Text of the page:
March 31–Joseph, Patriarch

From the LCMS website:

Joseph was the son of the patriarch Jacob (February 5) and Rachel. The favorite son of his father, he incurred the jealousy of his older brothers, who sold him into slavery in Egypt and told their father he was dead (Genesis 37). In Egypt he became the chief servant in the home of Potiphar, a military official. Because Joseph refused to commit adultery with his master’s wife, he was unjustly accused of attempted rape and thrown into jail (Genesis 39). Years later, he interpreted dreams for Pharoah, who then freed him from prison and placed him in charge of the entire country. When his brothers came from Canaan to Egypt in search of food, they did not recognize him. He eventually revealed his identity to them, forgave them, and invited both them and his father to live in Egypt. He is especially remembered and honored for his moral uprightness (Genesis 39) and for his willingness to forgive his brothers (Genesis 45 and 50).¬†

The Jesse Tree–Day Twenty-Four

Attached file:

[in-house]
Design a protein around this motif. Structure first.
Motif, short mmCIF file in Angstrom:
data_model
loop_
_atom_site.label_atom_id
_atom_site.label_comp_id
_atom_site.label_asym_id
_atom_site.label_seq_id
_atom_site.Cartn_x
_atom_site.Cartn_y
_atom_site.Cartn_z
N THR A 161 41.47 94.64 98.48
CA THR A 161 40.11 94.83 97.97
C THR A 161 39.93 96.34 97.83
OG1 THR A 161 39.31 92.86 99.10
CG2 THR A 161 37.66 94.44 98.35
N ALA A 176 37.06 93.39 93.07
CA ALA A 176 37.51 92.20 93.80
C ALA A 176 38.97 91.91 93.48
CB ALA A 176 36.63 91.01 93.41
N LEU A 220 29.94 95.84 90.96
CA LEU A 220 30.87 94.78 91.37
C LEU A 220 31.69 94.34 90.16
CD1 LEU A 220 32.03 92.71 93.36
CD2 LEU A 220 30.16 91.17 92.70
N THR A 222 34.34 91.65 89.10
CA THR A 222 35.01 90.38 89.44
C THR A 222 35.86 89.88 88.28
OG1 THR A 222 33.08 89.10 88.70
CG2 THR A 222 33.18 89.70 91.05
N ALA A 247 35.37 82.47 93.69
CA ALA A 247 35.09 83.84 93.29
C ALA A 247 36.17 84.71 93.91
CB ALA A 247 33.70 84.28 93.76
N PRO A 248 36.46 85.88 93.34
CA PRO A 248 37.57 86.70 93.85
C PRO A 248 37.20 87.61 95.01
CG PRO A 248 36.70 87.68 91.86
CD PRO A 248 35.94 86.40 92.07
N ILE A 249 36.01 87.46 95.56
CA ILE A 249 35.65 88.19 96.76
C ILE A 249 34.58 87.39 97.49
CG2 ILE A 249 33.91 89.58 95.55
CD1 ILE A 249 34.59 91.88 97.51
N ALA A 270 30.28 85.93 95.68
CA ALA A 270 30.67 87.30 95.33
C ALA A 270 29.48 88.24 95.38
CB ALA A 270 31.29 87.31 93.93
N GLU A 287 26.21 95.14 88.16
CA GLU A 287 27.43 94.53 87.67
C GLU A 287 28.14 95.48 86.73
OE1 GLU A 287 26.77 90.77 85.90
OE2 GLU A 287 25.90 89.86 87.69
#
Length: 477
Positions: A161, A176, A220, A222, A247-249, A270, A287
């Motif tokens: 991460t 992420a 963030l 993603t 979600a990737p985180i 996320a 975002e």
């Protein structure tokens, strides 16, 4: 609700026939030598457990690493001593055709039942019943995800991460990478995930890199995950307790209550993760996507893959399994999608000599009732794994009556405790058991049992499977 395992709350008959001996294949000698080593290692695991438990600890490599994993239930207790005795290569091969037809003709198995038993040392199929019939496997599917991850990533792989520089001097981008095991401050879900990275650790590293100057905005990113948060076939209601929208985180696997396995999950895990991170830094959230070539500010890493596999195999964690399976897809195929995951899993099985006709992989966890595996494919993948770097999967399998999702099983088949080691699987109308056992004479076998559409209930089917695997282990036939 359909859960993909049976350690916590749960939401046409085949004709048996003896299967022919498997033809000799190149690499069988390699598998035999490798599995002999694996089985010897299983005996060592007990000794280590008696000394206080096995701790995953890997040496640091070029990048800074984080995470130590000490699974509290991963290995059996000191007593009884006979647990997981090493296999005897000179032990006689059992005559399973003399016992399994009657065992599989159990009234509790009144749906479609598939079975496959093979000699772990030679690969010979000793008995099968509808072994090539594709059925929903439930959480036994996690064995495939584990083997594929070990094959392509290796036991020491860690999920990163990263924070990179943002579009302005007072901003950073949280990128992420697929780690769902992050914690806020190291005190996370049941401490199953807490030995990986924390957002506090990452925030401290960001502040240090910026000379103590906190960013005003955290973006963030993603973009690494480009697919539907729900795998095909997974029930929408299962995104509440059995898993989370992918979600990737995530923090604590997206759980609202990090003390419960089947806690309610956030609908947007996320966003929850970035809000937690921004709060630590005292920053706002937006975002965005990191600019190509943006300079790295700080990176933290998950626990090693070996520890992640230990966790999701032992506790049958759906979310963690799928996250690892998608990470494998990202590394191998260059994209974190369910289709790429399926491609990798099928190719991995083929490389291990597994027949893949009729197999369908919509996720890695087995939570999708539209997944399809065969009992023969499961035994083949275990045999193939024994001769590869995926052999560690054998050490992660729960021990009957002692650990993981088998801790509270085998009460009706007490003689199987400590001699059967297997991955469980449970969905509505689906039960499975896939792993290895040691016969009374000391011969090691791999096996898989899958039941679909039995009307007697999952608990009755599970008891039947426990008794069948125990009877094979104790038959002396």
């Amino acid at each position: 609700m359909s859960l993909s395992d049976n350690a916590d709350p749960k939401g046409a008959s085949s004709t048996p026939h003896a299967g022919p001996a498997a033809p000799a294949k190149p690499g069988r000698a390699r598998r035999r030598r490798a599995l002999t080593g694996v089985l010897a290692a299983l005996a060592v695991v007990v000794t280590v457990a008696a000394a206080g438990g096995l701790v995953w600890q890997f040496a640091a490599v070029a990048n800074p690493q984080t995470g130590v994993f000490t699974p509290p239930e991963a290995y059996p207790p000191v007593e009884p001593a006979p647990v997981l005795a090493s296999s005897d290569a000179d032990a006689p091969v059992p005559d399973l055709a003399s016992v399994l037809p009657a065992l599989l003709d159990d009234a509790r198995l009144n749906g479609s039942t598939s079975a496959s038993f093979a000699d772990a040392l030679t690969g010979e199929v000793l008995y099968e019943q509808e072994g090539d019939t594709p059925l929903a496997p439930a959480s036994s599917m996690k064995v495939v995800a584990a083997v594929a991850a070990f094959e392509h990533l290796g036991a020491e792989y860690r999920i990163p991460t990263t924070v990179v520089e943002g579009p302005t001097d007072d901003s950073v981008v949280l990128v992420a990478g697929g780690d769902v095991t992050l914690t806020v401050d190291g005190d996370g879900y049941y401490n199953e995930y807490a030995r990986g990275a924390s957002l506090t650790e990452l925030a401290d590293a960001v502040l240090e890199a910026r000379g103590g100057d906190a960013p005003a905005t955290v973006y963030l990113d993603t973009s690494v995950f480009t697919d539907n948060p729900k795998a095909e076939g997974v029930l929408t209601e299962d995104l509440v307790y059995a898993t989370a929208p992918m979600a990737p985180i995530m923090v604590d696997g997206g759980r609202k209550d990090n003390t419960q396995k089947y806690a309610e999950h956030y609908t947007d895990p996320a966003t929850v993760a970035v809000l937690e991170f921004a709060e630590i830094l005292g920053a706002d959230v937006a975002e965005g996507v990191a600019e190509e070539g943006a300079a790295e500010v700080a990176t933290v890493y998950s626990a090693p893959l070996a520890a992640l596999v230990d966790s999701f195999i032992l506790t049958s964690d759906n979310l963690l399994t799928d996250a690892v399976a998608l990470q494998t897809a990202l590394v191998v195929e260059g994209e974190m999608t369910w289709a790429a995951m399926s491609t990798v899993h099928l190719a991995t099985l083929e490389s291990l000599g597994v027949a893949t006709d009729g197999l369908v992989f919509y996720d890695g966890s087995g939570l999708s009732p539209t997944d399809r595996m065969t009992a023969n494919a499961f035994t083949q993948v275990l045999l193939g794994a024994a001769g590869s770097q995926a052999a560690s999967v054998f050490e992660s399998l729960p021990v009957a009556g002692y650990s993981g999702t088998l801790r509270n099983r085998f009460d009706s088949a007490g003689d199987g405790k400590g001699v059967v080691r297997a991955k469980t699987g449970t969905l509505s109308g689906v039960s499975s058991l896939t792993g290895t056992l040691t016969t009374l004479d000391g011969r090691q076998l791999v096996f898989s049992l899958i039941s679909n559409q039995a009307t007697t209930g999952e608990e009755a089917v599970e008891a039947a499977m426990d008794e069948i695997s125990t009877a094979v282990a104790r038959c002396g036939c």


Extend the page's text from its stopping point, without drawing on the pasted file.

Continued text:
Today’s reading was about Joseph, Guardian of Jesus (Matthew 1:18-25). The Bible reading came from Matthew, which was a nice change, since our last several readings have been from Luke. It’s interesting to compare the different perspectives of the writers. We spent some time talking about the fact that even though Joseph wasn’t Jesus’s biological father, his lineage could still be traced back to King David. We also talked about his visit from the angel, and how he decided not to divorce Mary, even though he could have, because of what the angel said to him.

We’re nearing the end of our daily readings…there are just enough left for each child to hang one more ornament on the tree!

The Jesse Tree–Day Seven

We finished our first week of readings with the story of Joseph and his coat of many colors (Genesis 37:1-11). The stories surrounding Isaac and Rebekah, Jacob and Esau, and Jacob’s wives and children always provide an opening for discussing family dynamics, and how even our Biblical heroes were sinners like us. One only need to look at the¬†favoritism shown throughout this family line to see that a.) they made poor parenting choices, and 2.) the sins of the father really are passed on down the line, as history continues to repeat itself. This reading also provided a segue to the Israelites stay in, and flight from, Egypt, setting up the story as to why they were there in the first place, before the first several readings for next week focus on Israel’s return to the Promised Land.